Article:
You can take out stored values using `magic_result_**()`

when for loops have finished.

```
magic_result_as_vector()
#> [1] 1 4 9
```

`magic_for()`

`magic_for()`

has several options.

Specify the first argument `func`

, you can change target functions.

```
magic_for(cat)
for (i in 1:3) {
squared <- i ^ 2
cat(squared, " ")
}
#> The loop is magicalized with cat().
#> 1 4 9
```

If `progress = TRUE`

, show progress bar.

```
magic_for(progress = TRUE)
for (i in 1:3) {
squared <- i ^ 2
put(squared)
}
```

`#> |=================================================================| 100%`

If you set `test`

a number, the iteration is limited to that number of times.

```
magic_for(test = 2)
for (i in 1:100) {
squared <- i ^ 2
put(squared)
}
#> The loop is magicalized with put().
#> squared: 1
#> squared: 4
```

If `silent = TRUE`

, target function will be not executed but only the values will be stored.

If `temp = TRUE`

, the effect of magicalization will be lost after once execution of for loop.

```
magic_for(temp = TRUE)
is_magicalized()
#> [1] TRUE
for (i in 1:3) {
squared <- i ^ 2
put(squared)
}
#> The loop is temporary magicalized with put().
#> squared: 1
#> squared: 4
#> squared: 9
is_magicalized()
#> [1] FALSE
```

`magic_free()`

You can use `magic_free()`

to cancel magicalization.

```
magic_for()
is_magicalized()
#> [1] TRUE
magic_free()
is_magicalized()
#> [1] FALSE
```

The function also clear the stored values.

```
magic_for(silent = TRUE)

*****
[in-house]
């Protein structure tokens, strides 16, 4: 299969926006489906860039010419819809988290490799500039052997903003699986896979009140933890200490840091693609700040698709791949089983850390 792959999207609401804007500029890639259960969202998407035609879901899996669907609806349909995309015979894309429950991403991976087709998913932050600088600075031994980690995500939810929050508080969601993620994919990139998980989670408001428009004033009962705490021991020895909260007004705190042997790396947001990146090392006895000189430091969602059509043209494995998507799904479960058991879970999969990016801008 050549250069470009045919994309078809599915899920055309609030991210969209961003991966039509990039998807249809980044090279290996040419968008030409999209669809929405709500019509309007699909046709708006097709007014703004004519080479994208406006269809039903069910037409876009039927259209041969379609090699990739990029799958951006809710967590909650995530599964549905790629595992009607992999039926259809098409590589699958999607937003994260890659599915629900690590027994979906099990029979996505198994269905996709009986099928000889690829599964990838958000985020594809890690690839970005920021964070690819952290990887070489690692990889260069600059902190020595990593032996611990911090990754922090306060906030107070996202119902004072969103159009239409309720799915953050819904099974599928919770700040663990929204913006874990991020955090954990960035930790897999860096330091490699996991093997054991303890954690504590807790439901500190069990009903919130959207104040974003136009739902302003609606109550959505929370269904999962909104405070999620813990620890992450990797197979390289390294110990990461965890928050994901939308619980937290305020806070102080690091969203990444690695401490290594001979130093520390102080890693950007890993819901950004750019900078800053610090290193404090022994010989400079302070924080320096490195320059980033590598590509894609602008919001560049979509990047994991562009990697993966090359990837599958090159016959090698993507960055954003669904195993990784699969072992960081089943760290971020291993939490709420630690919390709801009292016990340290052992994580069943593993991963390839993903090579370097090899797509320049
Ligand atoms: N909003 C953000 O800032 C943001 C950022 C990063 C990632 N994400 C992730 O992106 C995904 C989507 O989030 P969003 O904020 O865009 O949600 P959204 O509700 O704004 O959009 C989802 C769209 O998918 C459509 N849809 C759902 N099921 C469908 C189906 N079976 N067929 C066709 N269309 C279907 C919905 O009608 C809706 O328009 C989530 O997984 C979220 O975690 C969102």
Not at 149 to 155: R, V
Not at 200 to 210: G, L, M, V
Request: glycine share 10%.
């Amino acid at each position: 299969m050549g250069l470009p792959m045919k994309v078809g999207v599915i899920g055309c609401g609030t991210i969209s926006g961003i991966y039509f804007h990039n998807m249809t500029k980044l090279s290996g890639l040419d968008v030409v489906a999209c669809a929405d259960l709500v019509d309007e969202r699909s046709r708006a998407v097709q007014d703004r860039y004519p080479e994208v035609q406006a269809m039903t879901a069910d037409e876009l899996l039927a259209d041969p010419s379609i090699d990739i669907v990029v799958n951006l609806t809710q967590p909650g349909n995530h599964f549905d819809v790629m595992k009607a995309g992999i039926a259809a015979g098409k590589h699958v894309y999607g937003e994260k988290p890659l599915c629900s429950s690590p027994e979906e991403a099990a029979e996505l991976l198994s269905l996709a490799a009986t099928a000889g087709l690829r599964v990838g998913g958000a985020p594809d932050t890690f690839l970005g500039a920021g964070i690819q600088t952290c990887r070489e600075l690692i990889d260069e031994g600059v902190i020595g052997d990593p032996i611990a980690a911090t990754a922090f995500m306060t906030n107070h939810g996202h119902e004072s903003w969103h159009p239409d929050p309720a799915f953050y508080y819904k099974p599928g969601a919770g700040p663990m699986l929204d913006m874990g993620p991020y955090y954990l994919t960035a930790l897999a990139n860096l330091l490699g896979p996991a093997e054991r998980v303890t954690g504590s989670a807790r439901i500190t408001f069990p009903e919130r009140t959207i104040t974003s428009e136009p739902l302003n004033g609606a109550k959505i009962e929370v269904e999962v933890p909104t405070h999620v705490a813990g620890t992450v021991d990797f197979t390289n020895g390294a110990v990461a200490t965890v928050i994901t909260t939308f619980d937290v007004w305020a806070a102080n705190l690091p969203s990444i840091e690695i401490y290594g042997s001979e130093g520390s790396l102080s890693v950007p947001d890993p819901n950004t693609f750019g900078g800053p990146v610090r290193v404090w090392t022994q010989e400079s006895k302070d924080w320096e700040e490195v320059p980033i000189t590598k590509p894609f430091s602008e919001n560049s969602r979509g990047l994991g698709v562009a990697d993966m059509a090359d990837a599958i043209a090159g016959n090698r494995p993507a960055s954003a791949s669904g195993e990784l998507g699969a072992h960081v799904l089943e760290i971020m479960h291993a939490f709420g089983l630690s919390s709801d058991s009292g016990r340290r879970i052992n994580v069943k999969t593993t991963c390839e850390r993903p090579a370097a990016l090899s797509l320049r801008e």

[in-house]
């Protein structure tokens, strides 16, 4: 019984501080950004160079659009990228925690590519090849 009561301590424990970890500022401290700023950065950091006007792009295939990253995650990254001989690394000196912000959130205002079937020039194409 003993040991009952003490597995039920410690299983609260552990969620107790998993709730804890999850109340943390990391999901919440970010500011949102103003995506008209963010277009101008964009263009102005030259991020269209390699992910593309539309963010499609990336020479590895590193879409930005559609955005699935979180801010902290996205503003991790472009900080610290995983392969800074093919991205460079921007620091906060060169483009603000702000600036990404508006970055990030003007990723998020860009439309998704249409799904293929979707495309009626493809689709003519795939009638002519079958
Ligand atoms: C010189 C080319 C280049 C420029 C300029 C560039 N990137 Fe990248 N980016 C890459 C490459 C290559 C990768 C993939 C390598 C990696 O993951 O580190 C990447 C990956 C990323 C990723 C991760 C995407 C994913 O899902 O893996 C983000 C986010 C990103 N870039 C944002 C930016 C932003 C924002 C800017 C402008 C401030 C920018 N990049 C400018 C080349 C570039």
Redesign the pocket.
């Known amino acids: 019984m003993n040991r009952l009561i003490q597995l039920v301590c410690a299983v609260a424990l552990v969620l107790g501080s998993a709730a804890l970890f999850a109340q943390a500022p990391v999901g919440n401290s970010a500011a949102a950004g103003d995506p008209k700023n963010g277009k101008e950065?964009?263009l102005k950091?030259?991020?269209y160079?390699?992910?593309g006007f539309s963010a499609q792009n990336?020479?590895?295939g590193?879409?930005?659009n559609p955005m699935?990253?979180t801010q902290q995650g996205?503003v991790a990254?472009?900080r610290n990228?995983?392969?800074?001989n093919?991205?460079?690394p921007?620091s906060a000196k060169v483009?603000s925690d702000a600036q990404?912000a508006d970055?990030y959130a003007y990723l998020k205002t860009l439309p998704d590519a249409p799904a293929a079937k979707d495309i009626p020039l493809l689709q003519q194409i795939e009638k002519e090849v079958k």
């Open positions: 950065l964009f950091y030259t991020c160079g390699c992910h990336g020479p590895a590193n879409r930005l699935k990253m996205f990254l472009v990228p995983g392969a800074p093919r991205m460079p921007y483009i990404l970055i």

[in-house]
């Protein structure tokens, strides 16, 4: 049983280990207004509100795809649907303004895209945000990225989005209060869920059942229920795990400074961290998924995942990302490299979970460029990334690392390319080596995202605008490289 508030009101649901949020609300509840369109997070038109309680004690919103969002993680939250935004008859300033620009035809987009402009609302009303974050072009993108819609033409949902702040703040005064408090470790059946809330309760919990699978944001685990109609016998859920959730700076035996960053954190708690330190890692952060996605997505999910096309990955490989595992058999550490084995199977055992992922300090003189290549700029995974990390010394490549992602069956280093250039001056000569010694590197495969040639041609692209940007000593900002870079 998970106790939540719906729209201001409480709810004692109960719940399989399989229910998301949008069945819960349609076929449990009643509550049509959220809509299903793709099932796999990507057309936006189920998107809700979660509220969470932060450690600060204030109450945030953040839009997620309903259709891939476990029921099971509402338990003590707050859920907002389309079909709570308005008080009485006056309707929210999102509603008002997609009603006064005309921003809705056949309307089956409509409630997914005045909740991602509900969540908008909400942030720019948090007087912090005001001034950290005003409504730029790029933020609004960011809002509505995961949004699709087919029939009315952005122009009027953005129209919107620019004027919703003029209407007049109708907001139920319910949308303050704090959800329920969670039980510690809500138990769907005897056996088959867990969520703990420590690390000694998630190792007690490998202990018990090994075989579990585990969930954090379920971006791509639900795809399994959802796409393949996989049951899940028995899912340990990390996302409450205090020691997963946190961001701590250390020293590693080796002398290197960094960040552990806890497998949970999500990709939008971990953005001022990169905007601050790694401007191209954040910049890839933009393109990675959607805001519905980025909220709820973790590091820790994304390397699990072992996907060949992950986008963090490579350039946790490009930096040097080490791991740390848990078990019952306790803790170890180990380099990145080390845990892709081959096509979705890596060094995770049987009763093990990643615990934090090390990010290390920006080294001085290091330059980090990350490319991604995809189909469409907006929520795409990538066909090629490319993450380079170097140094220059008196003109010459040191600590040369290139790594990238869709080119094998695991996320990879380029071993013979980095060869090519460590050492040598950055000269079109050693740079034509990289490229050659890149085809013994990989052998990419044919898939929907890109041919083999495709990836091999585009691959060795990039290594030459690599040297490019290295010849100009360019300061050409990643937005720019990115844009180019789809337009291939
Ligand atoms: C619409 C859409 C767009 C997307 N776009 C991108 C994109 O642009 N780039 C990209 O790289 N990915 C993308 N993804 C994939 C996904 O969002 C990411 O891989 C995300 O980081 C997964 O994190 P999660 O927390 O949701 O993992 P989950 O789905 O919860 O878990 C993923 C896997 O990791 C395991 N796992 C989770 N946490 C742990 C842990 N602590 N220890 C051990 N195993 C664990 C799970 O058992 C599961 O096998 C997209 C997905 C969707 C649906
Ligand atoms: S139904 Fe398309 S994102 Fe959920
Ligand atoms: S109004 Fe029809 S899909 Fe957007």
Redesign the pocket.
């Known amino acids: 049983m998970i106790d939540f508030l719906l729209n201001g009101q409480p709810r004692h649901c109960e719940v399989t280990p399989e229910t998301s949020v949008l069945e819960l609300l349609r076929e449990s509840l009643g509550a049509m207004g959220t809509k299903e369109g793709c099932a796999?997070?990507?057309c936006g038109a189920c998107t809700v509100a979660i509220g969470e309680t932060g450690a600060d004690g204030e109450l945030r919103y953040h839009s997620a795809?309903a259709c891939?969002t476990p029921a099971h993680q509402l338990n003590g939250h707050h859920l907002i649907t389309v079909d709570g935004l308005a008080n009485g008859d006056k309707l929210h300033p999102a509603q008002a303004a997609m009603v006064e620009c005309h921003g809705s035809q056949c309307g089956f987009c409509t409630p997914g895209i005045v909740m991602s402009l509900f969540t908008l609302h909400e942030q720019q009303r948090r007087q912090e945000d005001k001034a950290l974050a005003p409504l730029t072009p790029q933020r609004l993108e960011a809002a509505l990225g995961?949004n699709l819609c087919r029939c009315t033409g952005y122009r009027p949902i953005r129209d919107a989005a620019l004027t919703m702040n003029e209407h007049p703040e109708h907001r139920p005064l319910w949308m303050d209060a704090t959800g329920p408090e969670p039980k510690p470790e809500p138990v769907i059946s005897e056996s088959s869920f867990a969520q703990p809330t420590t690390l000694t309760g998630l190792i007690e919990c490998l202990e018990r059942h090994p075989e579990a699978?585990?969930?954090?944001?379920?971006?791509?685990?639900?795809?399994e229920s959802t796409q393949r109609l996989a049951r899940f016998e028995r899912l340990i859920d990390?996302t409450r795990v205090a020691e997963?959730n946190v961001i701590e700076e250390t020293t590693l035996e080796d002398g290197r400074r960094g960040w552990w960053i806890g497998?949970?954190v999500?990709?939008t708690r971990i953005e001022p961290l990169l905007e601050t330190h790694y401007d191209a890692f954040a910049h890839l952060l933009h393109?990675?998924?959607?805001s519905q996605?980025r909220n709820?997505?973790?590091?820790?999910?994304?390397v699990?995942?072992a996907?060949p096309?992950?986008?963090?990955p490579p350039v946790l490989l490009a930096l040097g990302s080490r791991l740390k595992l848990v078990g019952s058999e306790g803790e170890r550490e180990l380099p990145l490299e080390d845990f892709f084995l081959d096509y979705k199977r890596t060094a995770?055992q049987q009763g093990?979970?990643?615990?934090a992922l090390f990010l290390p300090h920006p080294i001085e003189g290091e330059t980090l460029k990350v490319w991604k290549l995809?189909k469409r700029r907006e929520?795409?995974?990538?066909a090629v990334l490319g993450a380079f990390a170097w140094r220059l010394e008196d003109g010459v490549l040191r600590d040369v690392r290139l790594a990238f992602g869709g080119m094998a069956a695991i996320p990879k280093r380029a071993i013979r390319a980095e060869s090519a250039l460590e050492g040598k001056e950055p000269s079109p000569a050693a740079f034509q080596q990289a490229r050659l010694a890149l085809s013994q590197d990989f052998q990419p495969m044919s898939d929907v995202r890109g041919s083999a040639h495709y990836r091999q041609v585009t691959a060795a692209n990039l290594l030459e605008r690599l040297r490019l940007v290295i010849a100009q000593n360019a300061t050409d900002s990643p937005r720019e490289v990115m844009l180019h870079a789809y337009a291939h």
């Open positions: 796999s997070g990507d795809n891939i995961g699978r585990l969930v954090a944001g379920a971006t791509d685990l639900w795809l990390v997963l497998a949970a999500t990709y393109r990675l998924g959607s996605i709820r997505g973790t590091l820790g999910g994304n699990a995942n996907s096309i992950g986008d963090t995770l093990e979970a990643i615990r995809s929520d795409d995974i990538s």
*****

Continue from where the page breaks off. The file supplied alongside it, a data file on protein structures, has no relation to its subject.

for (i in 1:3) {
squared <- i ^ 2
put(squared)
}
magic_result_as_vector()
#> [1] 1 4 9
magic_free()
magic_result_as_vector()
#> NULL
```

`magic_result_**()`

You can use `magic_result_**()`

to obtain results from magicalized for loops.

```
magic_for(silent = TRUE)
for (i in 1:3) {
squared <- i ^ 2
put(squared)
}
```

`magic_result()`

returns results as a list.

```
magic_result()
#> $squared
#> $squared[[1]]
#> [1] 1
#>
#> $squared[[2]]
#> [1] 4
#>
#> $squared[[3]]
#> [1] 9
```

`magic_result_as_vector()`

returns results as a vector.

```
magic_result_as_vector()
#> [1] 1 4 9
```

`magic_result_as_dataframe()`

returns results as a data.frame.

```
magic_result_as_dataframe()
#> i squared
#> 1 1 1
#> 2 2 4
#> 3 3 9
```

`put()`

`put()`

displays input values with high flexibility.

```
x <- 2
y <- 3
put(x)
#> x: 2
put(x, y)
#> x: 2, y: 3
put(x, x ^ 2, x ^ 3)
#> x: 2, x^2: 4, x^3: 8
put(x, squared = x ^ 2, cubed = x ^ 3)
#> x: 2, squared: 4, cubed: 8
```

It is very useful for **magicfor**.

```
magic_for()
for (i in 1:3) {
put(x = i, squared = i ^ 2, cubed = i ^ 3)
}
#> The loop is magicalized with put().
#> x: 1, squared: 1, cubed: 1
#> x: 2, squared: 4, cubed: 8
#> x: 3, squared: 9, cubed: 27
magic_result_as_dataframe(F)
#> x squared cubed
#> 1 1 1 1
#> 2 2 4 8
#> 3 3 9 27
```

Whenever you put just variables in magicalized for loops, their values will be stored regardless of target functions.

```
magic_for()
for (i in 1:3) {
squared <- i ^ 2
squared
}
#> The loop is magicalized with put().
magic_result_as_vector()
#> [1] 1 4 9
```

When you write trarget functions inside of if statements without else, `NA`

will be inserted to represent missing.

```
magic_for()
for (i in 1:3) {
squared <- i ^ 2
if(i == 3) put(squared)
}
#> The loop is magicalized with put().
#> squared: 9
magic_result_as_vector()
#> [1] NA NA 9
```

Target functions work only top level lines or inside of if statements in magicalized for loops. For example, it does not work inside nested for loops.

```
magic_for()
for (i in 1:2) {
for (j in 1:2) {
put(i, j, i * j)
}
}
#> The loop is magicalized with put().
#> i: 1, j: 1, i*j: 1
#> i: 1, j: 2, i*j: 2
#> i: 2, j: 1, i*j: 2
#> i: 2, j: 2, i*j: 4
magic_result_as_vector()
#> list()
```